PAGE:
In a now-edited article, The Post labeled the two as “conservative journalists” for reporting on the “Twitter Files,” reports the Daily Caller.
Pedophile spared prison after judge says web chat with 12-year-old girl ‘motivated by boredom’
A British man who engaged in a number of graphic online chats with a girl he believed to be 12 years old has been spared jail time, the Daily Mail reported.
The judge presiding over the case argued that the man was “motivated by boredom rather than sexual interest in children” and that his “shame and remorse seem genuine.”
Andrew Teale, 43, began his chat innocently enough, but the conversation quickly turned sexual, with the married father eventually performing an act over Skype.
I won’t read exactly what was said, as it is quite graphic in nature… but I’ll just say it was giving me Chris Hanson with to catch a predator vibes.
Unbeknownst to Teale, he was saying all of these things to an undercover police officer, which ultimately resulted in his arrest in January.
He admitted to attempting to engage in sexual activity in the presence of a child and attempting to engage in sexual communications with a child.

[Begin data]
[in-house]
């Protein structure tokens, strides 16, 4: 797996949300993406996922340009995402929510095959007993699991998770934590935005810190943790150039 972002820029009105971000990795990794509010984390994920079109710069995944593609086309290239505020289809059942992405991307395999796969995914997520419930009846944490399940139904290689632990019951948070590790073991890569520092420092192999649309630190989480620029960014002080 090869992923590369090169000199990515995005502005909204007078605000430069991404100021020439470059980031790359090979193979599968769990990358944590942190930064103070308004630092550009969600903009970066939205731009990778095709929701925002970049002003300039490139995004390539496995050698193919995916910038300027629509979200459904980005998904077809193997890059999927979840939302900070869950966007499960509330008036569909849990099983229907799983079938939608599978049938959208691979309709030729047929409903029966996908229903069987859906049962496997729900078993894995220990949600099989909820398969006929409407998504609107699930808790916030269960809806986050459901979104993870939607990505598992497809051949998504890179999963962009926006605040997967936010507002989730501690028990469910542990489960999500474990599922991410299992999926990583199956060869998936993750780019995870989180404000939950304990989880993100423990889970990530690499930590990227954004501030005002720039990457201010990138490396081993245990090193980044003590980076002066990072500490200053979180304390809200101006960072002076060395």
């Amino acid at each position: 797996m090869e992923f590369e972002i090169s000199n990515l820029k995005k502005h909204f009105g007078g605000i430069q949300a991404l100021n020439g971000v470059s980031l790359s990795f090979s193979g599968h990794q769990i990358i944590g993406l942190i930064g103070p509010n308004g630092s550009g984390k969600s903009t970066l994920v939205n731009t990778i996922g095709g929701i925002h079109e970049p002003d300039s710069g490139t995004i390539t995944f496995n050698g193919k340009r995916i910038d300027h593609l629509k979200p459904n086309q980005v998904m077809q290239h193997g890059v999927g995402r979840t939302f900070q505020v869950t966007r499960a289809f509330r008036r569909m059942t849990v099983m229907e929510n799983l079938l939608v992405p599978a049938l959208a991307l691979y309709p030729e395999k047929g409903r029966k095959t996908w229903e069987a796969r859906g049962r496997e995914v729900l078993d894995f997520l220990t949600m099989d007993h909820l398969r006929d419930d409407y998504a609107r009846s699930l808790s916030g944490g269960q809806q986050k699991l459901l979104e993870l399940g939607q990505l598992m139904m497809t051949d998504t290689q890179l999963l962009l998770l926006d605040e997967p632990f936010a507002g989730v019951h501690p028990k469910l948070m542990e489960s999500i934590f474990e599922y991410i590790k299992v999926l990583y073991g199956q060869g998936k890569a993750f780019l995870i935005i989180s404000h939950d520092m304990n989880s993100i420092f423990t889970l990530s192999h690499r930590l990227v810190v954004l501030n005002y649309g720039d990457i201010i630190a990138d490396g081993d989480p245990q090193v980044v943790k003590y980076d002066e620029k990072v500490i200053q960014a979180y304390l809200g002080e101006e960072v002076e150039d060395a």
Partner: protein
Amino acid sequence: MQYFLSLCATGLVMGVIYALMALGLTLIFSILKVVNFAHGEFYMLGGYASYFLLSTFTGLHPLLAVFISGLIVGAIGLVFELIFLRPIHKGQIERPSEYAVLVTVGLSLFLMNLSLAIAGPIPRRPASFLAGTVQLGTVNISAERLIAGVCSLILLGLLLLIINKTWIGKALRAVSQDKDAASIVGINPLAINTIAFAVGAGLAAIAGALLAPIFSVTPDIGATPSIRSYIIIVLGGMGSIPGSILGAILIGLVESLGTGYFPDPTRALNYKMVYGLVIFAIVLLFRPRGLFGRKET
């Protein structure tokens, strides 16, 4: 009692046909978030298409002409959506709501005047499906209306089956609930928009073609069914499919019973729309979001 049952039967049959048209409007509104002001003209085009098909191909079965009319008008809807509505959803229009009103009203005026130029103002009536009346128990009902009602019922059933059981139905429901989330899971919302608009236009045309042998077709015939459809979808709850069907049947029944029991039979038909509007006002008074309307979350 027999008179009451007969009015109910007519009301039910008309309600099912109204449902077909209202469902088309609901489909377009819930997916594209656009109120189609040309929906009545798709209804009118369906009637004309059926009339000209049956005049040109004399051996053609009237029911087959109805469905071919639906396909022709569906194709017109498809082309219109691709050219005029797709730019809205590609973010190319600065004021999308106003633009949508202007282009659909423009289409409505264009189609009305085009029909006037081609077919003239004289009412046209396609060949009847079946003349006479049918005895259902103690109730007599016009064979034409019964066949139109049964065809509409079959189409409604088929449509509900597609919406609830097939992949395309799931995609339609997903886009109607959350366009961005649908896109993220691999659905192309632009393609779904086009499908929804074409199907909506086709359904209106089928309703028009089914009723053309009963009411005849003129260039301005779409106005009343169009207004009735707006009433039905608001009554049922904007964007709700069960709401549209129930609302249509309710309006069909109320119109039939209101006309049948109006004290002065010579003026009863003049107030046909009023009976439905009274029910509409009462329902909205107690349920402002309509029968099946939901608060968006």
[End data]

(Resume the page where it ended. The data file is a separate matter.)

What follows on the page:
The judge gave him a 12-month suspended jail sentence, meaning that he doesn’t have to physically go to prison so long as certain requirements are met, including 150 hours of community service.
During the sentencing, his previous good character, job loss, as well as the overall impact on his family life were also noted, although these comments were criticized as being an “insult to injury” by a former head of the national online police child protection unit.
Formerly the Head of Innovation at British investment firm AJ Bell, Teale resigned from his position in July without informing the company of the criminal charges he was facing.
Teale’s lawyer says that he put a stop to his behavior and sought help.
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Now finally, it’s time for my favorite topic… sports!
Mississippi State football Coach Mike Leach Dies at 61
Mike Leach, the gruff, pioneering and unfiltered college football coach who helped revolutionize the passing game with the Air Raid offense, has died following complications from a heart condition, Mississippi State said Tuesday. He was 61.
Leach, who was in his third season as head coach at Mississippi State, fell ill Sunday at his home in Starkville, Mississippi. He was treated at a local hospital before being airlifted to University of Mississippi Medical Center in Jackson, about 120 miles (200 kilometers) away.